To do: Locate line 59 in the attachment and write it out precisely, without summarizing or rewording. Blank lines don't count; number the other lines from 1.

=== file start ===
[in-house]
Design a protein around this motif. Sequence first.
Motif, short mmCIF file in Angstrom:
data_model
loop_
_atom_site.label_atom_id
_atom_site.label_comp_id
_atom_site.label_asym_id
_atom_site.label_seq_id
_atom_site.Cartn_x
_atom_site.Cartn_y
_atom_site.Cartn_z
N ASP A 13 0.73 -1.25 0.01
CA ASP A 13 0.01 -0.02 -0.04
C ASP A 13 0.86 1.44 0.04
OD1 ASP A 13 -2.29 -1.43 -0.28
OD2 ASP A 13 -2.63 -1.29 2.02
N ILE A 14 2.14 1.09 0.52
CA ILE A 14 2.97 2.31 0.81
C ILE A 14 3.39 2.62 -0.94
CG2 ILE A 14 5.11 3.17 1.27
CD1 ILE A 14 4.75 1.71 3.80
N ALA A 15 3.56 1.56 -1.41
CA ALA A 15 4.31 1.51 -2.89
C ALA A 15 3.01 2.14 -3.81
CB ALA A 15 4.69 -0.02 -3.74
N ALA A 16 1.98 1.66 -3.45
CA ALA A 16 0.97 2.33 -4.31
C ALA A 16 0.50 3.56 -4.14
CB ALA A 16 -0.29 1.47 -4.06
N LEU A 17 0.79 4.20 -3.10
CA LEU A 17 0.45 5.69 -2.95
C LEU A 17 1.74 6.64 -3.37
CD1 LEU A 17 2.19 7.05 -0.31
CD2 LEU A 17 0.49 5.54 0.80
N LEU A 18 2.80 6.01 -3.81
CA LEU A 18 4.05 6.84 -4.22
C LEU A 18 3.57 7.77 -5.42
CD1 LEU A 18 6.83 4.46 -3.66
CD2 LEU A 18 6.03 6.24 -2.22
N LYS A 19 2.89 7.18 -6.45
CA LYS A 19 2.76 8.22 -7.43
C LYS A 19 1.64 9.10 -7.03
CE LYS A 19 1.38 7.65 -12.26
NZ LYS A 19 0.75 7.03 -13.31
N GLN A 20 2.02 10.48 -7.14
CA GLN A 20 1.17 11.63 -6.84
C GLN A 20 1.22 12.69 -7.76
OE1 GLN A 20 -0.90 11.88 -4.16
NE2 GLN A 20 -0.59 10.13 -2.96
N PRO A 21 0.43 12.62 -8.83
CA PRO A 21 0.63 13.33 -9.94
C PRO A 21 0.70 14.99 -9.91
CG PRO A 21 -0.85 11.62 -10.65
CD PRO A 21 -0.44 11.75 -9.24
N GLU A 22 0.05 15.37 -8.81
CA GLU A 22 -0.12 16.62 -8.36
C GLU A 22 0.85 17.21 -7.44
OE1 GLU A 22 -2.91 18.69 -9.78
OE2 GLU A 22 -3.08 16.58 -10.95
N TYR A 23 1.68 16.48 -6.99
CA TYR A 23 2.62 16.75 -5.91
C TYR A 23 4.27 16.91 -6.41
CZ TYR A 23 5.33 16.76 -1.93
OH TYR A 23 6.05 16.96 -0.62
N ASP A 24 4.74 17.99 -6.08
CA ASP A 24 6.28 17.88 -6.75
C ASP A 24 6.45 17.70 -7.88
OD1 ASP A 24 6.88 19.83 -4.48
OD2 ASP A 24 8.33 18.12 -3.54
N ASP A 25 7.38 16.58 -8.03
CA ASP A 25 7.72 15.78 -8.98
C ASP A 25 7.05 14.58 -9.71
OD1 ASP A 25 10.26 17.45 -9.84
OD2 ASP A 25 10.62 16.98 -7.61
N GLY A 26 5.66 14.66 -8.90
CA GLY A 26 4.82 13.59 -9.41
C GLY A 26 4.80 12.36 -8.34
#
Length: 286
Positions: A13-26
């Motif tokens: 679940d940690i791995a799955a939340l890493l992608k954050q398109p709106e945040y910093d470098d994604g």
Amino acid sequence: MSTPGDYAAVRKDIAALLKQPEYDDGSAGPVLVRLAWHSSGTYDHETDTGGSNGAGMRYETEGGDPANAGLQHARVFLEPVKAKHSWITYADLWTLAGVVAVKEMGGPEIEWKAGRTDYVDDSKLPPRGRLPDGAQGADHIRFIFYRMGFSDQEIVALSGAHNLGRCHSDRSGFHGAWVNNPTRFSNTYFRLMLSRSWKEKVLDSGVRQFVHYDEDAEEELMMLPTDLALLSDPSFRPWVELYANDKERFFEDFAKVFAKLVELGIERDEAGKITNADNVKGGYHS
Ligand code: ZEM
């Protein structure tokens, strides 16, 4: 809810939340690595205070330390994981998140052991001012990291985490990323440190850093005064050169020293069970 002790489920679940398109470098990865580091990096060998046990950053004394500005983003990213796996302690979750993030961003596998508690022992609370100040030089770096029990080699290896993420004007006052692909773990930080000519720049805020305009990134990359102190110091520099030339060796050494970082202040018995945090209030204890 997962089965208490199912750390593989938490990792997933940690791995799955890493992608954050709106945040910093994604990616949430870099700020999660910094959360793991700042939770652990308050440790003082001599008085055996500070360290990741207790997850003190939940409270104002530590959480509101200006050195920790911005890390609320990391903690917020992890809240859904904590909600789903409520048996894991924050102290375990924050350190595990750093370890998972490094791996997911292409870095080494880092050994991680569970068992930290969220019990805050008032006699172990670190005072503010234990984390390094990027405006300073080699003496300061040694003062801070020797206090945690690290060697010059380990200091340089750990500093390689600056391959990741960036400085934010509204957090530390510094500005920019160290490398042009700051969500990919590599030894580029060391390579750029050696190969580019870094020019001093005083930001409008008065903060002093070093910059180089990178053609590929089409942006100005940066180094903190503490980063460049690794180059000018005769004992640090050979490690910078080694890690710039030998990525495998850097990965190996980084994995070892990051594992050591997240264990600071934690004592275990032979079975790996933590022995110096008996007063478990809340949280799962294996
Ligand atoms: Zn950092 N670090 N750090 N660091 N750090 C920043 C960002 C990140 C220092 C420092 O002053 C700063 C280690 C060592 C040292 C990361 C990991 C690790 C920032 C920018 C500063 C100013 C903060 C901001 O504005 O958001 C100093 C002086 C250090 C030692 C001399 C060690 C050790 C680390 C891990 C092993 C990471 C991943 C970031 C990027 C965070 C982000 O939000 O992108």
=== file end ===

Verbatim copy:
OE1 GLU A 22 -2.91 18.69 -9.78